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Nietzsche's Teaching: An Interpretation of "Thus Spoke Zarathustra"

4.06  ·  Rating Details  ·  47 Ratings  ·  5 Reviews
The first comprehensive interpretation of Nietzsche's "Thus Spoke Zarathustra" -- an important and difficult text and the only book Nietzsche ever wrote with characters, events, setting, and a plot. Laurence Lampert's chapter-by-chapter commentary on Nietzsche's magnum opus clarifies not only "Zarathustra's" narrative structure but also the development of Nietzsche's think ...more
Paperback, 392 pages
Published September 10th 1989 by Yale University Press (first published March 1st 1987)
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Alex Obrigewitsch
May 26, 2015 Alex Obrigewitsch rated it liked it
A fairly thorough and useful explication of one of philosophy's greatest texts.
That being said, part of the value of Nietzsche's method in his work is the deciphering and deterritorializaiton of it, and many times I felt this book to be too much explication and not enough interpretation; or at least it took itself to be such.
Shaymaa
Jun 02, 2015 Shaymaa rated it really liked it
i think it 's great .... confusing a little .. yet it's great
i didnt finish it yet ... but i'm eager to do
Joe
Jan 03, 2011 Joe rated it it was amazing
Comment:

Excellent. "Enactment of the Nietzschean agenda in science and politics promises a new sense of the sacred, a return of Dionysos and Ariadne." Or, as Nietzsche once said, from time to time there is magic. Nietzsche, unlike our academics, recognizes that reason must be supplemented by 'magic'. Now, this 'magic' can be understood as either a cosmological or a psychological category -or both. This is one the greatest unstated difficulties in Nietzsche interpretation. That is - do we underst
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John
Sep 30, 2008 John added it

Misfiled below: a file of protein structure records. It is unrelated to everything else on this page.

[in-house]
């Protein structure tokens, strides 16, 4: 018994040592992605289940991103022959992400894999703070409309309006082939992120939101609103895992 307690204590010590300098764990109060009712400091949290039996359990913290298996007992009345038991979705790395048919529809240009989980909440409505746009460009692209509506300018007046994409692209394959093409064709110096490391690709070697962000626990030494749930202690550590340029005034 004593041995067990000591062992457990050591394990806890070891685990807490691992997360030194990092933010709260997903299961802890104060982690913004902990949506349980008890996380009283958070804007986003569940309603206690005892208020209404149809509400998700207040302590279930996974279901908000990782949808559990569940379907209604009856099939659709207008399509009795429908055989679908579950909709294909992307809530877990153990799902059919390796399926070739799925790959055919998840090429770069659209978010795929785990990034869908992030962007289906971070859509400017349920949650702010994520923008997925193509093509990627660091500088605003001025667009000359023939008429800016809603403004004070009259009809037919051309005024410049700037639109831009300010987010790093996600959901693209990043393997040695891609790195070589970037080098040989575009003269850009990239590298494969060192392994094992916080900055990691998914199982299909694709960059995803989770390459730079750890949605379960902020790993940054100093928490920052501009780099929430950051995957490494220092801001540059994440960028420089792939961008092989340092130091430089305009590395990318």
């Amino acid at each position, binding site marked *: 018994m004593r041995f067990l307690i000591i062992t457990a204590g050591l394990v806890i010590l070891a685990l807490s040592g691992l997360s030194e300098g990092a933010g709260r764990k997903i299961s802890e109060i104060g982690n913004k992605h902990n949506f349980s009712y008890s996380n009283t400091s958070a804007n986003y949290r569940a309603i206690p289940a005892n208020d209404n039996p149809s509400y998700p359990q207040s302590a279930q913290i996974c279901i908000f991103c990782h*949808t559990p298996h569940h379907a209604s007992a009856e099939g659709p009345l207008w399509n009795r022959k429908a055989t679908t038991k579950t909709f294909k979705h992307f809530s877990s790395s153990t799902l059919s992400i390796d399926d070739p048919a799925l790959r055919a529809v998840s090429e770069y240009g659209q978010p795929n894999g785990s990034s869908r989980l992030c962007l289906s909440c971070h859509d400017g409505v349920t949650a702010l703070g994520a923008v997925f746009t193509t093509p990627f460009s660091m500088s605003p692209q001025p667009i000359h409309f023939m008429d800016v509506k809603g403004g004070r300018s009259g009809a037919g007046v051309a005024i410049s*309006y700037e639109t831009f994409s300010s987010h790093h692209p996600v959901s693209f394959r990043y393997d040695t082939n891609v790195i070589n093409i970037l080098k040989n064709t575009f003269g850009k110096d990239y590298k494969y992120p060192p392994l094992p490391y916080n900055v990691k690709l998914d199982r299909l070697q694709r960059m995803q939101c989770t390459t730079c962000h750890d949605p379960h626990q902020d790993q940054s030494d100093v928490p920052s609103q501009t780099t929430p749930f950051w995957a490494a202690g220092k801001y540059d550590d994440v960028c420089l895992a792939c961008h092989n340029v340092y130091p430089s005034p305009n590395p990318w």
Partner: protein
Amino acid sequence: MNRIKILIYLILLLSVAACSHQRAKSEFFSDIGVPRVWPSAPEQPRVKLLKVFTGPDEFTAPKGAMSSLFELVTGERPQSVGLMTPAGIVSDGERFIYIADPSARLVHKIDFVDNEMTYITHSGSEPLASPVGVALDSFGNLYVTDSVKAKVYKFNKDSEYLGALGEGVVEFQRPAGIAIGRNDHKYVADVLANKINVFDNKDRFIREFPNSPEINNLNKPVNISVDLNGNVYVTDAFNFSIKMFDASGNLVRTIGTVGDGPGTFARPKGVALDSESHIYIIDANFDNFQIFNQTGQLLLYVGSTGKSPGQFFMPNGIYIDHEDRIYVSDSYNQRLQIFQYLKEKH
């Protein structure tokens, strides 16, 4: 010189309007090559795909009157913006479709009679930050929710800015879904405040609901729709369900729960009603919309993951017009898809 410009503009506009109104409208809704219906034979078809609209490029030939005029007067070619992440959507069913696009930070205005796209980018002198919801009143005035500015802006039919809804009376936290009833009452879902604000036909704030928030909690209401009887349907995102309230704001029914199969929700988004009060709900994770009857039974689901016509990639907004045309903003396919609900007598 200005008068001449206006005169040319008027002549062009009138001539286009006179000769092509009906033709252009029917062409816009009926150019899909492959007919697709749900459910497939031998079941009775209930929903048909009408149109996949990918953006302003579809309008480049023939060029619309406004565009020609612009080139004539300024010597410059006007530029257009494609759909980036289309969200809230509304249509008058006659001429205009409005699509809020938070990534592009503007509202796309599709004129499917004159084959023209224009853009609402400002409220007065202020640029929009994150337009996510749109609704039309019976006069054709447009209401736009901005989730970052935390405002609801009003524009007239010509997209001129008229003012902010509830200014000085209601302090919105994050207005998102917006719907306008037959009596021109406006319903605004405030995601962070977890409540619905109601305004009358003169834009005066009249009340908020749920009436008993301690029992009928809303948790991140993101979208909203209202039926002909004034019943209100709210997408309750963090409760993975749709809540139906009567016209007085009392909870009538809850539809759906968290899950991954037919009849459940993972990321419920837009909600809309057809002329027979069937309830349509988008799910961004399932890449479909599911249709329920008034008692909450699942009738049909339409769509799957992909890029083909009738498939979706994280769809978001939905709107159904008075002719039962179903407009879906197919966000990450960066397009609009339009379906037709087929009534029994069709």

The book presents philosophical concepts of morality that are opposed to Christianity tradition. It remarks the unlimited capacities that men have, base on concepts such as superman and overman
Bradley
Dec 07, 2009 Bradley rated it really liked it
This reminds me of what Hubert Dreyfus did for Heidegger and Foucault.
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Laurence Lampert is a leading scholar in Nietzsche studies. He received both his master's and doctorate degrees from Northwestern University (in 1968 and 1971).

He taught at Indiana University-Purdue University at Indianapolis for over thirty years and is now a professor emeritus there.

An informative interview with Laurence Lampert, conducted by the Nietzsche Circle, can be found here (pdf).
More about Laurence Lampert...

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“But the discoverer of will to power and of the most spiritual will to power, the discoverer of the way of all beings and of the highest beings, finds a new responsibility given to him for ending the tyranny of malleable and immalleable nature, for willing an order that is 'true to the earth' after discovering what is unalterable. This new responsibility requires a courage quite unlike that of popular existentialism faced with grim mortality. Nietzsche's courage takes its bearings not from considerations of personal authenticity, but from concern for the future of mankind. But Nietzsche's courage is also not the courage that invents ever new ways to deconstruct what is already standing or coming to stand. […] The courage Nietzsche requires of himself is courage for a new act of ordering, a new daylight wisdom whose relation to night wisdom is not refusal or horror, a daylight wisdom that is true to the earth seen from the inside as will to power and nothing besides.” 0 likes
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